The fairness of disallowing a setoff in these circumstances has been recognized in cases from other jurisdictions. Holding a nonsettling tortfeasor was required to pay its proportionate share of the damages despite a settlement that “prove[d] to be more generous than the subsequent verdict” (resulting in a total recovery greater than the jury’s verdict), the Supreme Court of Pennsylvania, quoting from a Texas case, explained, ” ‘A percent credit necessarily means that settling plaintiffs may recover more than the amount of damages ultimately determined, but they also may recover less. Plaintiffs bear the risk of poor settlements; logic and equity dictate that the benefit of good settlements should also be theirs.’ ” (Charles v. Giant Eagle Markets (1987) 513 Pa. 474, 522 A.2d 1, 3 (lead opn. of Nix, C.J.), quoting Duncan v. Cessna Aircraft Co. (Tex.1984) 665 S.W.2d 414, 430; accord, Wilson v. Galt, supra, 668 P.2d at p. 1109.) ([fn. omitted]) [¶] Second, the idea of a “double recovery” is inextricably linked to the joint liability of multiple tortfeasors. When multiple defendants are responsible for the same compensatory damages, a setoff is not only mandated under section 877(a), but is required by the fundamental principle that “a plaintiff may not recover in excess of the amount of damages which will fully compensate him for his injury. [Citations.]” (Jaramillo v. State of California (1978) 81 Cal.App.3d 968, 970…) The plaintiff cannot, by proceeding separately against each of several defendants, “‘convert a joint into a several [injury], and thereby secure more than one compensation for the same injury.’ ” (May v. Miller, [(1991)], 228 Cal.App.3d [404] at p. 410…quoting Butler v. Ashworth (1895) 110 Cal. 614, 618, 43 P. 4.) In a case of joint liability, the damages for which each defendant is responsible to the plaintiff cannot be divided, and a settlement is rationally assumed to be intended to cover the entire damages…. [¶] That assumption loses its force under a scheme of several liability allocated by fault. “[T]he one recovery rule was originally adopted because the courts could not conceive of allocating liability. Injuries were considered indivisible; therefore, a settling defendant could only offer to pay for the whole injury, not just his part…. [¶] The reasoning behind the one recovery rule no longer applies…. Because each defendant’s share can now be determined, it logically follows that each may settle just that portion of the plaintiff’s suit. The settlement does not affect the amount of harm caused by the remaining defendants and likewise should not affect their liability.” (Duncan v. Cessna Aircraft Co., supra, 665 S.W.2d at p. 431.) [¶] Finally, comparison of plaintiffs’ total recovery to the jury’s award is potentially misleading. “[S]ettlement dollars are not the same as damages. Settlement dollars represent a contractual estimate of the value of the settling tortfeasor’s liability and may be more or less than the proportionate share of the plaintiff[‘]s damages. The settlement includes not only damages, but also the value of avoiding the risk, expense, and adverse public exposure that accompany going to trial. There is no conceptual inconsistency in allowing a plaintiff to recover more from a settlement or partial settlement than he could receive as damages. [Citations.]” (Duncan v. Cessna Aircraft Co., supra, 665 S.W.2d at pp. 431-432.) That Ford was willing to make a generous settlement in order to avoid a public trial on allegations of defects in its Bronco II does not change either the jury’s assessment of total damages or its allocation of fault to Allied-Signal.” (Hoch, supra, 24 Cal.App.4th at 65-68.)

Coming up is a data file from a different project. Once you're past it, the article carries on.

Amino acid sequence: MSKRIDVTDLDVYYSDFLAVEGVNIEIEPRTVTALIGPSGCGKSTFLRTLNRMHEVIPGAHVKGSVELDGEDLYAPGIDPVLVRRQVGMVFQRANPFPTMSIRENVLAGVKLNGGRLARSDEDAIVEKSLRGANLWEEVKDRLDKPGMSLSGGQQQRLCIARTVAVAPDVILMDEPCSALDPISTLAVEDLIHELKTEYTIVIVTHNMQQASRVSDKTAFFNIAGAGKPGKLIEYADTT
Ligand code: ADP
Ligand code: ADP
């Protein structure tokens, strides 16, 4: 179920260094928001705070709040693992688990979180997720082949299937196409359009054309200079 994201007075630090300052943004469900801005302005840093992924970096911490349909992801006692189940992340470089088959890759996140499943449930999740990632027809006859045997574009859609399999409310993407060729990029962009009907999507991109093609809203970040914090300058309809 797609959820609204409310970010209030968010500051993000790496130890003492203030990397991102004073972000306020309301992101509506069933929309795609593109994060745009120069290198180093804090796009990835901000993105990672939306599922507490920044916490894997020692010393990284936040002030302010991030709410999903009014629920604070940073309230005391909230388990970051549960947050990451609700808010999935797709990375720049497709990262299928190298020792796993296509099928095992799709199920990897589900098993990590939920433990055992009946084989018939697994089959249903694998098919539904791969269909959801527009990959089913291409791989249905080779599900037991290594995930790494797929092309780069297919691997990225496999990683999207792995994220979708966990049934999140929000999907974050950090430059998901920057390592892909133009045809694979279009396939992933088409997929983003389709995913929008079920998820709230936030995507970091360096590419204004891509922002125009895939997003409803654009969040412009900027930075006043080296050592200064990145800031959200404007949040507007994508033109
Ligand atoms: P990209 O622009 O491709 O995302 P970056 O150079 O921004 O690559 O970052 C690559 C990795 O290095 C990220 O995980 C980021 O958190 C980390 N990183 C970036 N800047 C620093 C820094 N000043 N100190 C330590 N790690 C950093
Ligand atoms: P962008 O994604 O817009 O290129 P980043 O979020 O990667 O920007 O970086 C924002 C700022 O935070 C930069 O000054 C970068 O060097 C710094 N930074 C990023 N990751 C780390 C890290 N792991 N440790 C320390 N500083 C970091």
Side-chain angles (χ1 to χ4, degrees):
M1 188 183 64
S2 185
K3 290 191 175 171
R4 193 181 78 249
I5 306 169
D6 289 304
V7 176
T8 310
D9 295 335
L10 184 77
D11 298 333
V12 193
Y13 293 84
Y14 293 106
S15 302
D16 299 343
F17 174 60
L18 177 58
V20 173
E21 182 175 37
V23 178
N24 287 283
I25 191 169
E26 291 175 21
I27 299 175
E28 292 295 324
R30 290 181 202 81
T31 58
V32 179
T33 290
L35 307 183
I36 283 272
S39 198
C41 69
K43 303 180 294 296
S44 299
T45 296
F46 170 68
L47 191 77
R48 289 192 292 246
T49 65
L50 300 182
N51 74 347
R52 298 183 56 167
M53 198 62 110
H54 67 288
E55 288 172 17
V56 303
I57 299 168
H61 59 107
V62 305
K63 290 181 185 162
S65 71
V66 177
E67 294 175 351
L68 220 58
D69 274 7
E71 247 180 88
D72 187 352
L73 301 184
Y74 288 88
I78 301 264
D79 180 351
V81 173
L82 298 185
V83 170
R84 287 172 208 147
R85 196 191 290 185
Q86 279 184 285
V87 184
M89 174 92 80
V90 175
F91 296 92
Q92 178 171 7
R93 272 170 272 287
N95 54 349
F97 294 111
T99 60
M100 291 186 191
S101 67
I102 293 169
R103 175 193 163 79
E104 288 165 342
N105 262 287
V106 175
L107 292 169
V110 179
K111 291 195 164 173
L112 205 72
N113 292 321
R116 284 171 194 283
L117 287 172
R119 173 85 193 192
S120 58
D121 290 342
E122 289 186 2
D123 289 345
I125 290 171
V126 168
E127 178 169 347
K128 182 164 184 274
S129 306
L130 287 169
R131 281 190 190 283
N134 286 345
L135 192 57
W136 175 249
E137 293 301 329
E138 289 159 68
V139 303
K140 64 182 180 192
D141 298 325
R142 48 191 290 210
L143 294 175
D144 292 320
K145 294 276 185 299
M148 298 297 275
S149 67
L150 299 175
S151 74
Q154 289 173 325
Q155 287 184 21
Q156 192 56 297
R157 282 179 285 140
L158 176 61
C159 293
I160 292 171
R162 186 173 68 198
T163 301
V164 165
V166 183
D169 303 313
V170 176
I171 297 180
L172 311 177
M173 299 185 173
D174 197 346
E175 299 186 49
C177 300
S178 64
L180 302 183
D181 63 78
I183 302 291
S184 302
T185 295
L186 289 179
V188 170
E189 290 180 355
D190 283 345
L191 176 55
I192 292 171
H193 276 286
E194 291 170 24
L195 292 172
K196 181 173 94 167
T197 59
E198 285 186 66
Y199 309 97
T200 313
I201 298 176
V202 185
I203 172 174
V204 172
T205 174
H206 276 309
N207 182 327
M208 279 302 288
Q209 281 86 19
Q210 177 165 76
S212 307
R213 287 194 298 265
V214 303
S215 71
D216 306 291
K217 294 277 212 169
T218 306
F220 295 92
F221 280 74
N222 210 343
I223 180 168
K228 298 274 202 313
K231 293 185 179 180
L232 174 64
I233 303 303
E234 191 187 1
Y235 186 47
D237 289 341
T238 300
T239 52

Concluding Thoughts